abstract = "Background Workers’ health surveillance (WHS) programs commonly measure a large number of indicators addressing health habits and health risks. Recently, work ability and functional capacity have been included as important risk measures in WHS. In order to address work ability appropriately, knowledge of associations with work and health measures is necessary. The objective of this study was to evaluate which of the factors measured in a WHS are independently associated with work ability in a group of meat processing workers. Methods A cross-sectional study was performed in a large meat processing company in The Netherlands. Data were collected during a WHS between February 2012 and March 2014. Personal characteristics, health habits and health-risk indicators, functional capacity, and work-related factors were measured. Work ability was measured with the Work Ability Index and was used as dependent variable. Univariable and multivariable logistic regression analyses were conducted, a receiver operating characteristic curve was constructed and the area under the curve (AUC) was calculated. Results Data sets from 230 employees were used for analyses. The average age was 53{\^A} years and the average work ability index score was 39.3. In the final multivariable model age (OR 0.94), systolic blood pressure (OR 1.03), need for recovery (OR 0.56), and overhead work capacity (OR 3.95) contributed significantly. The AUC for this model was 0.81 (95{\^A} {\%} CI 0.75–0.86). Conclusion Findings from the current study indicate that multifactorial outcomes (age, systolic blood pressure, need for recovery, and overhead work capacity) from a WHS were independently associated with work ability. These factors can be used to assess employees at risk for low work ability and might provide directions for interventions.",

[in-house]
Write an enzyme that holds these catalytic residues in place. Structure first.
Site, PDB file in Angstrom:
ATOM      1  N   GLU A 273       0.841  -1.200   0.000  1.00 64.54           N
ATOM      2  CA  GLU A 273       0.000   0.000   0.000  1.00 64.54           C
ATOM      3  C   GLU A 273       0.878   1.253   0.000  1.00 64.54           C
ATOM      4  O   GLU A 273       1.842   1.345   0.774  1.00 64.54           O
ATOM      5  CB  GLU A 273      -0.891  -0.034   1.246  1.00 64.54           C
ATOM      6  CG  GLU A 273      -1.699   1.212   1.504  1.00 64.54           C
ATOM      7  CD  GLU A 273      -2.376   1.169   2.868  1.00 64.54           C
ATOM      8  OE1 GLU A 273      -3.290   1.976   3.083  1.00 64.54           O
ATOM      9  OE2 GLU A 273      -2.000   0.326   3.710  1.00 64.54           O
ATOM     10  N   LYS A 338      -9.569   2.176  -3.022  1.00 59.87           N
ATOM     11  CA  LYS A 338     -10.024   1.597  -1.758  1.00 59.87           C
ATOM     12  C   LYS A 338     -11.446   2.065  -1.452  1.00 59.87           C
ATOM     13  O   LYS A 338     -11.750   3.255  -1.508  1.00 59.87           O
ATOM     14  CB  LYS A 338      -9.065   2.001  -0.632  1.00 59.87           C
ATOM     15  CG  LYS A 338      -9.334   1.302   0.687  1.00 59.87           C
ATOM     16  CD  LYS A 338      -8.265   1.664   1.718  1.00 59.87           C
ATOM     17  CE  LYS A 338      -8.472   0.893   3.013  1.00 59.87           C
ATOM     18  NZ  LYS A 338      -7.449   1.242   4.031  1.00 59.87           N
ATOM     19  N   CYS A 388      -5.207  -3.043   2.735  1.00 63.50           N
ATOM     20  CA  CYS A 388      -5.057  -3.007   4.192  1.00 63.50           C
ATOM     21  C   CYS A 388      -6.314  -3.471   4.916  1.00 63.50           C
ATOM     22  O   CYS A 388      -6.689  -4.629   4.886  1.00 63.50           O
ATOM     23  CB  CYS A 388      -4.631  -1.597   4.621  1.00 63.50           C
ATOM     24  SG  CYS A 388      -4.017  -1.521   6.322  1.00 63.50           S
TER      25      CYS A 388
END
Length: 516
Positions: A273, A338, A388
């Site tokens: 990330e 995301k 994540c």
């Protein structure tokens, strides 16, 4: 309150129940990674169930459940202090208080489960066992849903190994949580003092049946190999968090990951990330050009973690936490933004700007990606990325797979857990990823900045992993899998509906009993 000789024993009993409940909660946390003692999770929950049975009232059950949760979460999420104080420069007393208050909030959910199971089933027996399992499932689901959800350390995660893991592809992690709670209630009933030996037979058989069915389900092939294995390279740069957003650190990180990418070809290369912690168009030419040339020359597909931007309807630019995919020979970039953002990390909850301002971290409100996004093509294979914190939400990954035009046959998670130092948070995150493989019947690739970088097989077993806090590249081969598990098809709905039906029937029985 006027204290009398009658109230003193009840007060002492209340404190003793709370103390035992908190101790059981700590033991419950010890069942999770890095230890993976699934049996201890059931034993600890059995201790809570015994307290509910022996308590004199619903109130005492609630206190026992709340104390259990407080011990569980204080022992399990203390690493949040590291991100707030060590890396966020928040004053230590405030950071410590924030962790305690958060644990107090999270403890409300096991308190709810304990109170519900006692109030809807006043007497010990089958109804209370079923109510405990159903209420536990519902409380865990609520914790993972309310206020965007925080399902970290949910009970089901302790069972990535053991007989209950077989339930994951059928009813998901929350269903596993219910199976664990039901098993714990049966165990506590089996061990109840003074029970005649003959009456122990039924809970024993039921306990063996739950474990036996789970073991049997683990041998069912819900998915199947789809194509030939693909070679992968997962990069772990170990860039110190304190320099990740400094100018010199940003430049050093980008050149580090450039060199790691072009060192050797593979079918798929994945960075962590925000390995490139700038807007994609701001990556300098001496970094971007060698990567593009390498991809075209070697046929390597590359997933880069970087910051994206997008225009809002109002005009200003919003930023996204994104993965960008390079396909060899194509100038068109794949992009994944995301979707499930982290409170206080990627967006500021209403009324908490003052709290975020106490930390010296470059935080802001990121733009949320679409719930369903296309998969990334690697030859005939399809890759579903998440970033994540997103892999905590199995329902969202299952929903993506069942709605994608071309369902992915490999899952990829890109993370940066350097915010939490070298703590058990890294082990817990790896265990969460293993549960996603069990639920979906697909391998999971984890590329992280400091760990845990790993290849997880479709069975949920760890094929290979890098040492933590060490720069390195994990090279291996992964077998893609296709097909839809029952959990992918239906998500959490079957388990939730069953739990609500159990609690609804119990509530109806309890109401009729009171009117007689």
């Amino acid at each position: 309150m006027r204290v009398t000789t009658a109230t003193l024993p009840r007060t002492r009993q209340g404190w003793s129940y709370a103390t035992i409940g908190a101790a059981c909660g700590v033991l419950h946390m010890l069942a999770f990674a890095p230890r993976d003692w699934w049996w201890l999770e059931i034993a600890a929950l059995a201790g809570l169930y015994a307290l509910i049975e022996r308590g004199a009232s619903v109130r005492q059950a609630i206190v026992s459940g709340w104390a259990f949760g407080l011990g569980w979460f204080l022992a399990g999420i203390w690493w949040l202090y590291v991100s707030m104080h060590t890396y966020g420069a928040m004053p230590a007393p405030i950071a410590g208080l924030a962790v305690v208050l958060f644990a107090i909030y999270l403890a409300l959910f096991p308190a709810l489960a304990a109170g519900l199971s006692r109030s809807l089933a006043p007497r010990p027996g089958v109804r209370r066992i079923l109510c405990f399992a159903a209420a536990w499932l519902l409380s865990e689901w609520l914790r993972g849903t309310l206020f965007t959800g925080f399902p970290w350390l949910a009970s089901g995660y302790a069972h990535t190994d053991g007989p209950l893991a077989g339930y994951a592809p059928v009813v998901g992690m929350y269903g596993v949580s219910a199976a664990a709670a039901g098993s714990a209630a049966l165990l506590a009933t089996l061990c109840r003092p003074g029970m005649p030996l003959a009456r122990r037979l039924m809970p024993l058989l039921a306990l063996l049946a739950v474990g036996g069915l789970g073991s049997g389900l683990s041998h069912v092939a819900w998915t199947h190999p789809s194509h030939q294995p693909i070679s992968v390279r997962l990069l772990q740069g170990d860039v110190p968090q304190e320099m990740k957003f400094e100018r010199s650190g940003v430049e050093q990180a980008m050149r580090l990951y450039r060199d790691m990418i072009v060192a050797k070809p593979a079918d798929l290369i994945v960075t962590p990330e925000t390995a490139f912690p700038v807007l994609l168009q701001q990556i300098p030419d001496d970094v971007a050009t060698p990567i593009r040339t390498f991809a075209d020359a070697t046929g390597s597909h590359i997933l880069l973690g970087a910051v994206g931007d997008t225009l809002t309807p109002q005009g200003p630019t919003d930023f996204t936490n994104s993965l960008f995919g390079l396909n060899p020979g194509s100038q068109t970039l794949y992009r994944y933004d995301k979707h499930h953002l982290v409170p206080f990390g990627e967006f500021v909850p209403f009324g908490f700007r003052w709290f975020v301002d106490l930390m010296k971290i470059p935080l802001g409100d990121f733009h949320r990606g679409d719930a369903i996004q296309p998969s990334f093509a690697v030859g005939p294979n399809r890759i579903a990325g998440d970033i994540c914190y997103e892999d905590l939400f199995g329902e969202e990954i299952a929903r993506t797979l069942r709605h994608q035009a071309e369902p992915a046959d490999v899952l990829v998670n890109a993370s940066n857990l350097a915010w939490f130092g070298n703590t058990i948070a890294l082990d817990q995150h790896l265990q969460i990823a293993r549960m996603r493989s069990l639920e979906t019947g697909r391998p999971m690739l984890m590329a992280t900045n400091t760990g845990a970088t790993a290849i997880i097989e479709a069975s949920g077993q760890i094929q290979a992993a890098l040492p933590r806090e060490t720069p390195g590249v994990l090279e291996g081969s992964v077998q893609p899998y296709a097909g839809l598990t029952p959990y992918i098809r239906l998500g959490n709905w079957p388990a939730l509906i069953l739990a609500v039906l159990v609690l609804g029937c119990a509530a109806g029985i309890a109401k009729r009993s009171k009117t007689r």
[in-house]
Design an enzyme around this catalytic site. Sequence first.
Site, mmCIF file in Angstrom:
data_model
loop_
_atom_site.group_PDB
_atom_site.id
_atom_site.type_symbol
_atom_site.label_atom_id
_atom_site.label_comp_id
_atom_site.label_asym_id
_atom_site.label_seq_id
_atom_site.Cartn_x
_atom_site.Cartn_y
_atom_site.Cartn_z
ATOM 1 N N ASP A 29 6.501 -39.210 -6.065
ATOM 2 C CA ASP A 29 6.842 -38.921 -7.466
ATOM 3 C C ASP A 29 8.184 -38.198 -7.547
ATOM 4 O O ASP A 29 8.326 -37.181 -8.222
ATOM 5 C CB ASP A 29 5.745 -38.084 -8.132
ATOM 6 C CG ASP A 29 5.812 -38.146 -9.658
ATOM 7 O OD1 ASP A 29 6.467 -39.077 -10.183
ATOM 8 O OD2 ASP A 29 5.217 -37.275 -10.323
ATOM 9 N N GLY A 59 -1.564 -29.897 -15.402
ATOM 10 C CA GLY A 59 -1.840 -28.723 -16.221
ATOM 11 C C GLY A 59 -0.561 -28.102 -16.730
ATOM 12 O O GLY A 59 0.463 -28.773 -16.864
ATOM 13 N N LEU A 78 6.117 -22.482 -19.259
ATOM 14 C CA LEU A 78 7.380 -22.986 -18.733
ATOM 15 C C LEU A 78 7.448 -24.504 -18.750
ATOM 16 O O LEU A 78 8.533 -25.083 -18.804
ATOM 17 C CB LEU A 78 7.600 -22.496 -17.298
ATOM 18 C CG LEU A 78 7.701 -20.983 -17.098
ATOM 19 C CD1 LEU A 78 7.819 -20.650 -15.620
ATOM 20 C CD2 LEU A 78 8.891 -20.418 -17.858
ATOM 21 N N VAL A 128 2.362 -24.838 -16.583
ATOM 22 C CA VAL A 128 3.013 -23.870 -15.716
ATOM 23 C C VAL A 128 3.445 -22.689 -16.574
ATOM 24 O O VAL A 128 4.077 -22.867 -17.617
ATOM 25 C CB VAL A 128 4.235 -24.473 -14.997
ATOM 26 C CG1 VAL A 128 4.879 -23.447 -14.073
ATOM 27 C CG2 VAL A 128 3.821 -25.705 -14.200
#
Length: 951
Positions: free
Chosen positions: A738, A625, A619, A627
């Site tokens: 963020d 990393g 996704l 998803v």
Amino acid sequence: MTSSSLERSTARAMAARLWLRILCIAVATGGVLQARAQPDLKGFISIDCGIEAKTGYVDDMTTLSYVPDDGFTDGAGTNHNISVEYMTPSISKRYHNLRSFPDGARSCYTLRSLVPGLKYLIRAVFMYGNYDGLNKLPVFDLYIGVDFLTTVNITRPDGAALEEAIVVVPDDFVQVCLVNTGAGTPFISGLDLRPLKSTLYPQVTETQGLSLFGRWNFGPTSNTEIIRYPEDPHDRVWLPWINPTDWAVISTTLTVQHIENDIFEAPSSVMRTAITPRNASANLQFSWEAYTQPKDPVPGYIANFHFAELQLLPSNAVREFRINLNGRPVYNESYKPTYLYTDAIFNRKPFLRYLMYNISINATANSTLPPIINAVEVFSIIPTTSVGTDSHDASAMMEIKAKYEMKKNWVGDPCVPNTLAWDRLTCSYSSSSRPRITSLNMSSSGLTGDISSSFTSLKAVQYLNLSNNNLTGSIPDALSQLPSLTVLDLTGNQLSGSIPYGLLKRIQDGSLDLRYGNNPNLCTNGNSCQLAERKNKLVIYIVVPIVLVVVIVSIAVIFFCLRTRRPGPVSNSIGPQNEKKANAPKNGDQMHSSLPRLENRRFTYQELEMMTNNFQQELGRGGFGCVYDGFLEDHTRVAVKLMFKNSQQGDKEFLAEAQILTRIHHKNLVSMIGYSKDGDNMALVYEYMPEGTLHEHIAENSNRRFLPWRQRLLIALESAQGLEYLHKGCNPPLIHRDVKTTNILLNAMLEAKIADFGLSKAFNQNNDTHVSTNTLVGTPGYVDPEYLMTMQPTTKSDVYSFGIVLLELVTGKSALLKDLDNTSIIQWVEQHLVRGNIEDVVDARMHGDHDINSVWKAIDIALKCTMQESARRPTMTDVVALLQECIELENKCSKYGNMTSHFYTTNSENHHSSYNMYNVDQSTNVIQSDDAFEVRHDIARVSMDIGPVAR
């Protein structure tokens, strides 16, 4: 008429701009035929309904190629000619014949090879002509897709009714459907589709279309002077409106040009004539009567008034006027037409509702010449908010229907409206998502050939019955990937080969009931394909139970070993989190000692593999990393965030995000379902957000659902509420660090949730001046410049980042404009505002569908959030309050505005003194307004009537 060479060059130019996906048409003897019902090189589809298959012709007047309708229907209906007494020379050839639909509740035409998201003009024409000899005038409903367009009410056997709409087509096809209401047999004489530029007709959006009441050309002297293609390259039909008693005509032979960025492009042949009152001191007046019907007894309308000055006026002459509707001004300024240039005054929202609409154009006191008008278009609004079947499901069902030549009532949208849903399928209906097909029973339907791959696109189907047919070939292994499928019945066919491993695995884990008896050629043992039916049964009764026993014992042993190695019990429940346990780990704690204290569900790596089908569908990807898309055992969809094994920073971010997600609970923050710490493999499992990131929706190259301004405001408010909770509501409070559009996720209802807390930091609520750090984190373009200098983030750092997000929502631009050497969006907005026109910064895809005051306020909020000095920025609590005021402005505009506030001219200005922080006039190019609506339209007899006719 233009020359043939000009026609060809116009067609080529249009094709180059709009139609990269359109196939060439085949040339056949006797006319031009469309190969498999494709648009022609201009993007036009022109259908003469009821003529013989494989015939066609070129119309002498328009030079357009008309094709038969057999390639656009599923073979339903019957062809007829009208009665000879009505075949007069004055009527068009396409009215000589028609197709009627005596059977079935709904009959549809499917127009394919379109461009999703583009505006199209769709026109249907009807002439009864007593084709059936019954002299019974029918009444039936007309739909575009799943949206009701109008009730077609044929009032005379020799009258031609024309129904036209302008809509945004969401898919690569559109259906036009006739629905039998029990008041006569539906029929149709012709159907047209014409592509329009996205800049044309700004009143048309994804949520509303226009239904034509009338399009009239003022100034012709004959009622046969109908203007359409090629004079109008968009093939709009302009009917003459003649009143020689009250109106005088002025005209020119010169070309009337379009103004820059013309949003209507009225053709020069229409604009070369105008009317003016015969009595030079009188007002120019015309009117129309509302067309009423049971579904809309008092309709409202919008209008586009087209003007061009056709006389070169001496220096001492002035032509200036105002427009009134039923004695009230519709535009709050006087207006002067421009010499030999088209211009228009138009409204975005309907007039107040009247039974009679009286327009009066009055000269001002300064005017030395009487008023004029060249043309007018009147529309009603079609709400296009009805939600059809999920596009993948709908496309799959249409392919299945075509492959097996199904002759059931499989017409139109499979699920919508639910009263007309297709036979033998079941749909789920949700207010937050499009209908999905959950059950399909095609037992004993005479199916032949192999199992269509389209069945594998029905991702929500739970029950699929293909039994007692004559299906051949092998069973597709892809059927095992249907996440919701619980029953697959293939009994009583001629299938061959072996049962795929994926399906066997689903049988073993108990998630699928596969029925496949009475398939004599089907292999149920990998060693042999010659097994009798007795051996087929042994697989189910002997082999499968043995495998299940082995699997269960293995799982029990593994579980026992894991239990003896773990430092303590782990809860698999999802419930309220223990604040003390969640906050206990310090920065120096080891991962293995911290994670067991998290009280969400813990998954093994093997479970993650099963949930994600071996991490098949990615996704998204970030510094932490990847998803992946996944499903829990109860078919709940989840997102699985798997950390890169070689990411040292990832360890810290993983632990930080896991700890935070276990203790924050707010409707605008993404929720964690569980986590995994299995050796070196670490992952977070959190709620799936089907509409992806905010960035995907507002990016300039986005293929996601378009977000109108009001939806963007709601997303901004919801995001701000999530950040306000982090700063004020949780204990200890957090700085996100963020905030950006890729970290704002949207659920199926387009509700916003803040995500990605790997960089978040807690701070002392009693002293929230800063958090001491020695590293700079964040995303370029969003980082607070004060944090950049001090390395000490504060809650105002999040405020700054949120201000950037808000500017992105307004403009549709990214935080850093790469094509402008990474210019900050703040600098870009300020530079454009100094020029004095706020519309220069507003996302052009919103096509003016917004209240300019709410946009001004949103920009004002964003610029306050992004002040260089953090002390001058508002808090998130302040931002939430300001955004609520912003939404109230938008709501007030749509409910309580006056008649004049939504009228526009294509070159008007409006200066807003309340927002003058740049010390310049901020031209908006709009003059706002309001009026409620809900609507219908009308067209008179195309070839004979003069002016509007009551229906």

author = "{van Holland}, B.J. and R. Soer and {de Boer}, M.R. and M.F. Reneman and S. Brouwer",
year = "2015",
doi = "10.1007/s10926-015-9569-2",
language = "English",
volume = "25",
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Workers' Health Surveillance in the Meat Processing Industry: Work and Health Indicators Associated with Work Ability. / van Holland, B.J.; Soer, R.; de Boer, M.R.; Reneman, M.F.; Brouwer, S.

In: Journal of Occupational Rehabilitation, Vol. 25, No. 3, 2015, p. 618-626.

Research output: Contribution to JournalArticleAcademicpeer-review

TY - JOUR

T1 - Workers' Health Surveillance in the Meat Processing Industry: Work and Health Indicators Associated with Work Ability

AU - van Holland, B.J.

AU - Soer, R.

AU - de Boer, M.R.

AU - Reneman, M.F.

AU - Brouwer, S.

PY - 2015

Y1 - 2015